Graduate Thesis Or Dissertation


Flash Sintering Techniques for Rapid and Sustainable Metal Processing at Room Temperature Public Deposited
  • Flash sintering has gained significant attention since it was first discovered in 2010, however, no study has conclusively studied the flash sintering of metal. The present study applied flash sintering technique to achieve rapid and sustainable sintering of metals including tungsten (W), nickel (Ni), and rhenium (Re).

    While ceramics require furnace heating to initiate flash sintering, metals do not. They can be sintered at room temperature by direct injection of current. Nevertheless, the experiment performed with tungsten presented results with and without a furnace, while nickel and rhenium were sintered without furnace. In all cases, sintering occurs when the specimen temperature is around 1000˚C.

    The pattern of flash sintering is similar in all the metals studied. The resistivity behavior when plotted as a function of temperature show similar behavior. The general features observed are as follow: (i) an incubation period where electric voltage breakdown is observed as inter-particle contact are established (ii) followed by the initiation of electroluminescence which has been seen between 5 and 7 A mm-2 in all metals. This optical emission signals the onset of flash characterized by a plateau in temperature and generation of defects. (iii) Finally, the temperature surges and abrupt sintering follows between 20 and 24 A mm-2.

    The role of large defect generation was emphasized in each of the metals studied – Ni, W, and Re. The difference between the input electrical energy and energy loss to black body radiation, convection and specific heat was calculated, and termed “energy deficit”. The energy deficit was divided by the formation enthalpy of the metal to obtain the mol fraction of Frenkel pairs generated during the flash sintering process. Point Defect estimated include 26mol% for W, 14 mol% for Re and 0.3-0.4 mol% for Ni. These values are several orders of magnitude higher than what is expected from thermal equilibrium.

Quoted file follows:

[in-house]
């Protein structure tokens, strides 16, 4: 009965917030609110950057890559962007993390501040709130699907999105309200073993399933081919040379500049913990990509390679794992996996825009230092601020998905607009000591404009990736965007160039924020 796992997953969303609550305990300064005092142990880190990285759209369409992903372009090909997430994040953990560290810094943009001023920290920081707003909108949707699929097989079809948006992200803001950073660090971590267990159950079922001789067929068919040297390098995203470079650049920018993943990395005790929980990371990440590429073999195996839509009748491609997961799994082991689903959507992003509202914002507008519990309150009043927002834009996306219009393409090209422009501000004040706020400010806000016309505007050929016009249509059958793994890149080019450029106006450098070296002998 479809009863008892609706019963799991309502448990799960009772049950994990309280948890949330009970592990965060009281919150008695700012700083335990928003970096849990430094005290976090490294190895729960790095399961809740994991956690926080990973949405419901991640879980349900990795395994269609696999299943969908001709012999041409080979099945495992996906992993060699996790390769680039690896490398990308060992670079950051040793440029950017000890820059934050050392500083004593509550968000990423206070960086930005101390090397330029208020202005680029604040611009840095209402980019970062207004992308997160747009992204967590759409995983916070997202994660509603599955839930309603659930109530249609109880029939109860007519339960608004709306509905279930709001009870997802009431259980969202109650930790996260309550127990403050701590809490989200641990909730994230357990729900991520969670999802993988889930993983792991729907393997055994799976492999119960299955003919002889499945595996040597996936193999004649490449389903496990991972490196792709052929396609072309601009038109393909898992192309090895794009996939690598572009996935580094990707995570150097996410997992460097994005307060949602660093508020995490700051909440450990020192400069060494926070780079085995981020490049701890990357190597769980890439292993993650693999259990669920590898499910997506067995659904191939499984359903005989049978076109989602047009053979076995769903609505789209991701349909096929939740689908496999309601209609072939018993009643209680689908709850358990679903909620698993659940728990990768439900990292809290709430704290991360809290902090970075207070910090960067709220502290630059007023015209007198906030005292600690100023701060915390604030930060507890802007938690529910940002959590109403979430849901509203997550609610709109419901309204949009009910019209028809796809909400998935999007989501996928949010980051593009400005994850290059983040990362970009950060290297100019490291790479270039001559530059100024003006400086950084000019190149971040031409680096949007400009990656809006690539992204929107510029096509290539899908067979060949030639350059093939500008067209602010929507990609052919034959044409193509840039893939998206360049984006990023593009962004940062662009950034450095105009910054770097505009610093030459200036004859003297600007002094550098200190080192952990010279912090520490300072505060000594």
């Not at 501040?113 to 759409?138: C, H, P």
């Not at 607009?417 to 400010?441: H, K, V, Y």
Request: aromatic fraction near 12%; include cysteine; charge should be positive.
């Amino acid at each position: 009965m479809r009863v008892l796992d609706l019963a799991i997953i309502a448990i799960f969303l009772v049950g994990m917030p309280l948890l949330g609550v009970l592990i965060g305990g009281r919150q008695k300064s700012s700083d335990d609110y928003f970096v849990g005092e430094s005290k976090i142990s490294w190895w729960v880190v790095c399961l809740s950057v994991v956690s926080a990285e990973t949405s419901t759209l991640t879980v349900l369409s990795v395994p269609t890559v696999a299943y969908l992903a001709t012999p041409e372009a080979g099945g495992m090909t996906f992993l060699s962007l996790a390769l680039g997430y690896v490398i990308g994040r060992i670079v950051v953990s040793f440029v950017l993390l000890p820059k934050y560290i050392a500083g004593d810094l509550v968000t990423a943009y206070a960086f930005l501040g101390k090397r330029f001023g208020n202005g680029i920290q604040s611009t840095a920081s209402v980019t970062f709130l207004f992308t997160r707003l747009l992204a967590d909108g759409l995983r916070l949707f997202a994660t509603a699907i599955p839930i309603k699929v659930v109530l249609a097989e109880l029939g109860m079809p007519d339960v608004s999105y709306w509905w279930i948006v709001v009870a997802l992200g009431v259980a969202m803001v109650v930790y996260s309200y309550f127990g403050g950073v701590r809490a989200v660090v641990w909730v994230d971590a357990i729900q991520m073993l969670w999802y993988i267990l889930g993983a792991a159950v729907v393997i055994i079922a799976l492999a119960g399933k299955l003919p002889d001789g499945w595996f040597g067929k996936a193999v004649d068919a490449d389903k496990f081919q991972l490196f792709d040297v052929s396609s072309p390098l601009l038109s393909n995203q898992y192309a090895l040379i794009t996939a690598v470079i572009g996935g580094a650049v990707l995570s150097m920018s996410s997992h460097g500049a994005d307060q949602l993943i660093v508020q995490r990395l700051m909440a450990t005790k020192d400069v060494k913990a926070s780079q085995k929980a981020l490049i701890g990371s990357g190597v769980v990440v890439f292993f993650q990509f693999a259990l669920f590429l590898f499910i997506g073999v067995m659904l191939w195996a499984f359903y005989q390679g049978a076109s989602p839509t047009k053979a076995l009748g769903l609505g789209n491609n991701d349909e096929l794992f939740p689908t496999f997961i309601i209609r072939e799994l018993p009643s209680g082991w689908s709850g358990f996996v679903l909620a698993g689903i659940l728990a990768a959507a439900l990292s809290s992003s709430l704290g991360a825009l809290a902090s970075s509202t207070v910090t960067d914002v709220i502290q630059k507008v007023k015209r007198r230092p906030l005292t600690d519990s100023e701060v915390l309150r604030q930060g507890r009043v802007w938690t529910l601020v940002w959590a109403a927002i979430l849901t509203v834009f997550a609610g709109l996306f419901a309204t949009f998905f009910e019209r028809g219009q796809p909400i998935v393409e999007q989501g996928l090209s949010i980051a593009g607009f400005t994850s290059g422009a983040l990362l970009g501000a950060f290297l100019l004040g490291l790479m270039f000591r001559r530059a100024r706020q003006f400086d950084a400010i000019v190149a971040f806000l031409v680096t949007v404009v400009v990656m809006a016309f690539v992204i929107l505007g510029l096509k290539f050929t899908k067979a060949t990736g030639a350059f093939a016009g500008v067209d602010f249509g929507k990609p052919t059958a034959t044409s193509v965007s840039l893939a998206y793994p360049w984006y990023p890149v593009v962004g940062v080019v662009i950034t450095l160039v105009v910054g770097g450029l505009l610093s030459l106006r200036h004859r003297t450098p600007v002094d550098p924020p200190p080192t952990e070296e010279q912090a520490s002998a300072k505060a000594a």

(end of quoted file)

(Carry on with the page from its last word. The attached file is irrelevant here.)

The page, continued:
The result of variation of current rate in W and Ni studies showed that sintering depends on current density and not current rate. This result was rationalized by recognizing that the rate of mass transport by diffusion depends on the product of the defect concentration and the mobility of defects. If the defect concentration is large, then it may weaken the influence of mobility on the rate of mass transport. Since the defect concentration depends on the current density, it can be postulated that sintering will also predominantly depend on the current density.

    Comparison of the energy consumption during the flash sintering process and alternative sintering methods showed that flash sintering is has less energy footprint. This study associates this energy efficiency to the controllable direct injection of current into the specimen without any barrier or need for furnace heating, which is paramount in the alternative sintering methods.

    Finally, exploratory studies have shown the potential of metal flash sintering technique in several areas of applications such as additive manufacturing, surface coating/modification and alloy/composite fabrication. Importantly, Integrating flash sintering into metal additive manufacturing will enable rapid and more sustainable manufacturing of end-user components.

Date Issued
  • 2023-11-21
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Last Modified
  • 2024-01-17
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